„A true leader has to have a genuine open-door policy so that his people are not afraid to approach him for any reason. A man should feel free to tell his chief executive to his face, 'I think you're dead wrong about such and such, and here are my reasons.“
— Harold Geneen American businessman 1910 - 1997
Managing, Chapter Six (Leadership), p. 113.
„My friend returned to the gallery, looked once more at the adorable imprint of the most innocent, the most passionate of caresses. A mirror hung near by, where he could compare his present with his former face, the man he was with the man he had been. He never told me and I never asked what his feelings were at that moment. Did he feel that he was too culpable to have inspired a passion in a young girl whom he would have been a fool, almost a criminal, to marry? Did he comprehend that through his age which was so apparent, it was his youth which this child loved? Did he remember, with a keenness that was all too sad, that other, who had never given him a kiss like that at a time when he might have returned it? I only know that he left the same day, determined never again to see one whom he could no longer love as he had loved the other, with the hope, the purity, the soul of a man of twenty.“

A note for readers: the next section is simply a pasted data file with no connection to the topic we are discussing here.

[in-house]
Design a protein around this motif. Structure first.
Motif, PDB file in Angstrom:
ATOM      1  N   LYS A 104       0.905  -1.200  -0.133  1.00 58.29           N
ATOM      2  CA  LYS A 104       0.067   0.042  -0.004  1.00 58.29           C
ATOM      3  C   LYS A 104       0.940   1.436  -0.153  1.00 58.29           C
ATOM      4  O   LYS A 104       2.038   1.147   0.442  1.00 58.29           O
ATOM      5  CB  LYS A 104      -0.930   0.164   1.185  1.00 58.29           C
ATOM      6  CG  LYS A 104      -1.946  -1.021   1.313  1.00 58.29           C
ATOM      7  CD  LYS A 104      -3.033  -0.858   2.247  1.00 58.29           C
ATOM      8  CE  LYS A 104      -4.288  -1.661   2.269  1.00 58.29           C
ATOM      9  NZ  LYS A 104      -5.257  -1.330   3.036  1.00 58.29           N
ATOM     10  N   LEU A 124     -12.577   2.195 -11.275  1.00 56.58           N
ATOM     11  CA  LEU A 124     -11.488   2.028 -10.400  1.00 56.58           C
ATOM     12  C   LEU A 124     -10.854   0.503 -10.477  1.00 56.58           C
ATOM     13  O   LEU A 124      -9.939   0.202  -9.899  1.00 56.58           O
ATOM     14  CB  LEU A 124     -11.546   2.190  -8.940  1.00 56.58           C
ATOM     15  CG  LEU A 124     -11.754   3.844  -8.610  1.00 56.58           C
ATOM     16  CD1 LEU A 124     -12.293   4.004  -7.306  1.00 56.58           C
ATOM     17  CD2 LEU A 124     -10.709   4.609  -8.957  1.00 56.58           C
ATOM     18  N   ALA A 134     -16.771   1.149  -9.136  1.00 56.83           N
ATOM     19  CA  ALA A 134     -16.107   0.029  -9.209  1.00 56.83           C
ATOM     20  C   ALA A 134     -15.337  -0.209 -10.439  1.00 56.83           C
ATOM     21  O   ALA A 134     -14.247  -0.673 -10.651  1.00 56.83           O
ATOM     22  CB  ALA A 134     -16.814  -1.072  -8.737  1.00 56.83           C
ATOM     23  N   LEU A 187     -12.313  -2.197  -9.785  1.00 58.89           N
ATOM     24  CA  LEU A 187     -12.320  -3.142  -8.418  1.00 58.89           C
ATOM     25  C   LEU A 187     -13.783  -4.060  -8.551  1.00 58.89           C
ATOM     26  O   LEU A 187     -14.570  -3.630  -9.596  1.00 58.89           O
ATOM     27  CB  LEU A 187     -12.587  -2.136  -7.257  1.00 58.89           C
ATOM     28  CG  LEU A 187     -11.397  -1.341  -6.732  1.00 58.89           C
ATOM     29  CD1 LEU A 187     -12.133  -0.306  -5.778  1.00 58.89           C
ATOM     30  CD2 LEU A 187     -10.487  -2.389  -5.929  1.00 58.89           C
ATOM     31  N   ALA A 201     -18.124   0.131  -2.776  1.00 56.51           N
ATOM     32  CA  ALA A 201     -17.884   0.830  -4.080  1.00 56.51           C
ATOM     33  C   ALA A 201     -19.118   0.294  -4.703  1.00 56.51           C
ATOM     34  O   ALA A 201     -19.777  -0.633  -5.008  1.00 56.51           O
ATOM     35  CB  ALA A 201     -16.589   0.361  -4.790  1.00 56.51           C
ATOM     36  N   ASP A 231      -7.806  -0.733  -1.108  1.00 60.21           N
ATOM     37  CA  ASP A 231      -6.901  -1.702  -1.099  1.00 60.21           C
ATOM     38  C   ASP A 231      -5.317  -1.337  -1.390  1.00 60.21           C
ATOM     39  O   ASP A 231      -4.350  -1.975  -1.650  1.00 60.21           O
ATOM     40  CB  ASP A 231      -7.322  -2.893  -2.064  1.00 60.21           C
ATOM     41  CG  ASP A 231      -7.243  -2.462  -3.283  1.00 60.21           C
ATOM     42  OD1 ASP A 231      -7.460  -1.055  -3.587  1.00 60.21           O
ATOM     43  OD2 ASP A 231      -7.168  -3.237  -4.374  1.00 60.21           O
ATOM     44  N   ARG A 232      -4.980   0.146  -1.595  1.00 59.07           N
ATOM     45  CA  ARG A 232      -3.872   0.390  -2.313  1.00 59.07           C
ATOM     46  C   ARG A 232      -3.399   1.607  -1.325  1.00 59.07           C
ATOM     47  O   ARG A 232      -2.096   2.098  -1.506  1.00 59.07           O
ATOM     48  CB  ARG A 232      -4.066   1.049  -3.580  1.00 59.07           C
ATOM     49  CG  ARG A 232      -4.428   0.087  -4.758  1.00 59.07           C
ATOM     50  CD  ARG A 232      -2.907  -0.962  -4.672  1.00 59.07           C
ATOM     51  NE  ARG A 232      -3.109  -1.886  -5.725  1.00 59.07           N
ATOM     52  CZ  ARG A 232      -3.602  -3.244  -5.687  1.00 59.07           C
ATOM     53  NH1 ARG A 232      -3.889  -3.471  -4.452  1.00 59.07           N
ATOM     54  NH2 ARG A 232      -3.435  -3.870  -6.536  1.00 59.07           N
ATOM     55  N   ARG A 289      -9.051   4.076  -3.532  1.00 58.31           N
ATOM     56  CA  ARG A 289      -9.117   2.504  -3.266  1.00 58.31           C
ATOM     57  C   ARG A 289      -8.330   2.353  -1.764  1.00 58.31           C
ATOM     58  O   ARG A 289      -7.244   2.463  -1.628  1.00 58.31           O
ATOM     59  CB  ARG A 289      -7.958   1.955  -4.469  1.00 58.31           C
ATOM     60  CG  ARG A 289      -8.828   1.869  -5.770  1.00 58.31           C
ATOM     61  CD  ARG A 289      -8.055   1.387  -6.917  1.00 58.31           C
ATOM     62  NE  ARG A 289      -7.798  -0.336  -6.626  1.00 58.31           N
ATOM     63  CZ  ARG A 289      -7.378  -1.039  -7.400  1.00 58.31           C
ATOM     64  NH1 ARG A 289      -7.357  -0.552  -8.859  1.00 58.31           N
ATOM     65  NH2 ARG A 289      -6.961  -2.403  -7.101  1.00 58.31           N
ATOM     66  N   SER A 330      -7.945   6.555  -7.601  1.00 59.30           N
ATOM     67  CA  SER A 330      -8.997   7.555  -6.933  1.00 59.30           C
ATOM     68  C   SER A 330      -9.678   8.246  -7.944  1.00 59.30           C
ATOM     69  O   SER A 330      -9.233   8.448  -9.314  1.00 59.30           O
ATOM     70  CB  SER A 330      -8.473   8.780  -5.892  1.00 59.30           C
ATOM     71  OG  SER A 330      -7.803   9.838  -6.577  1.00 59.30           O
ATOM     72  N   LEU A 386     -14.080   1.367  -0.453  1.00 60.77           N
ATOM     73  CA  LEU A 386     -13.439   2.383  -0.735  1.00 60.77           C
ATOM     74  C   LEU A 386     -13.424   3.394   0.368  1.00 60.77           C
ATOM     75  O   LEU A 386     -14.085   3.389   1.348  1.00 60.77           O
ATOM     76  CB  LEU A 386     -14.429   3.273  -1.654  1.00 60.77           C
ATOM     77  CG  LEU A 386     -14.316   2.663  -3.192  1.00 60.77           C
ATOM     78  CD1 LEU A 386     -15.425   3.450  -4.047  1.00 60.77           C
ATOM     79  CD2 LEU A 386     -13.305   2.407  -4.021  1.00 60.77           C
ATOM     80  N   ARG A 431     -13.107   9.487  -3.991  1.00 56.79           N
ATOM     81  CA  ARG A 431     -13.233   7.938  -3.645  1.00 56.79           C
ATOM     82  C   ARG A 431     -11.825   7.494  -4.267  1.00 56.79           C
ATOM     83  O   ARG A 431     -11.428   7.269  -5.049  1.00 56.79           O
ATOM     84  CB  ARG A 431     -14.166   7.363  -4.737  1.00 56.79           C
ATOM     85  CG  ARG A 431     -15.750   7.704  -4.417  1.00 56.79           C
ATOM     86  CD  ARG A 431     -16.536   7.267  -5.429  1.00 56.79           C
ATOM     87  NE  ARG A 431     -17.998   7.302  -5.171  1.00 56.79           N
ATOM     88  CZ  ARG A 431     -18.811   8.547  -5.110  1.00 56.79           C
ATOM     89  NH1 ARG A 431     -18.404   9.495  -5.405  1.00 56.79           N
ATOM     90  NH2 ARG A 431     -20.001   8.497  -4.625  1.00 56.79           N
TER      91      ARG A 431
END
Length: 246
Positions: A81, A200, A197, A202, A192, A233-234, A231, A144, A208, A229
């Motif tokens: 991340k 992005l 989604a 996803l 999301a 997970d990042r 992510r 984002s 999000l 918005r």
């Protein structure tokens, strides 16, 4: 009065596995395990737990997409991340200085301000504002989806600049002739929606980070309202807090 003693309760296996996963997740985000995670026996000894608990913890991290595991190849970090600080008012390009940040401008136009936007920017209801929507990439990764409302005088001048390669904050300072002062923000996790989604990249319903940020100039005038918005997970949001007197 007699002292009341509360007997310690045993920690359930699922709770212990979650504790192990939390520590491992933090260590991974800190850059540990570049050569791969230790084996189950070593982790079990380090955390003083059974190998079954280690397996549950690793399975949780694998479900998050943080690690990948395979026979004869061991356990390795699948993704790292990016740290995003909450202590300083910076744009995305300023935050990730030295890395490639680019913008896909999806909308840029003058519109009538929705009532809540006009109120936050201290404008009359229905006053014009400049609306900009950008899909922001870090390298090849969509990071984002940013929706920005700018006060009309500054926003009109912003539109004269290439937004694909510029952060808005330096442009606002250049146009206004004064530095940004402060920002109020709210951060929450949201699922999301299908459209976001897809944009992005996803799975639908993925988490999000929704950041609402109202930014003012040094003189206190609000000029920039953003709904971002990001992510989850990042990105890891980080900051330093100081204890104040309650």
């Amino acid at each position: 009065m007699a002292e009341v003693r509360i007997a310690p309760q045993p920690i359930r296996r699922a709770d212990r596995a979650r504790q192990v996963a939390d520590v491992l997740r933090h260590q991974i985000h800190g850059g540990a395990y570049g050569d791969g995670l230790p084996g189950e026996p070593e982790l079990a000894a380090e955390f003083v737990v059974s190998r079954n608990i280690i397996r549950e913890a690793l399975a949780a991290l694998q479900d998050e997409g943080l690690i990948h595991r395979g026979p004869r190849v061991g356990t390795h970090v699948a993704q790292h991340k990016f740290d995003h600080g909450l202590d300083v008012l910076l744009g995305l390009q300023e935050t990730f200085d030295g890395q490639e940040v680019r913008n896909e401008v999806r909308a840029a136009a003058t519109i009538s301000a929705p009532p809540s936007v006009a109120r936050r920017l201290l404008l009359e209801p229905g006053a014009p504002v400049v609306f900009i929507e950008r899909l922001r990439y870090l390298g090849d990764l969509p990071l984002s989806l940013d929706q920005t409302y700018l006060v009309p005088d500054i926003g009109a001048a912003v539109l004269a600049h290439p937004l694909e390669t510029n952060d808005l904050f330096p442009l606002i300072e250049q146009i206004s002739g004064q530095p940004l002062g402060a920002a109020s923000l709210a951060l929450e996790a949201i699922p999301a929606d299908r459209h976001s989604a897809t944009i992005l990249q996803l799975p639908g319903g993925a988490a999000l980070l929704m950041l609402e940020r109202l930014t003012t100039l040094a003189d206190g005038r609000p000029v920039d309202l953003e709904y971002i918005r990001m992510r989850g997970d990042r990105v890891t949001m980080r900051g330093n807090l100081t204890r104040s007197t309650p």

— Paul Bourget French writer 1852 - 1935
The Age for Love, Pierre Fauchery, as quoted by the character "Jules Labarthe"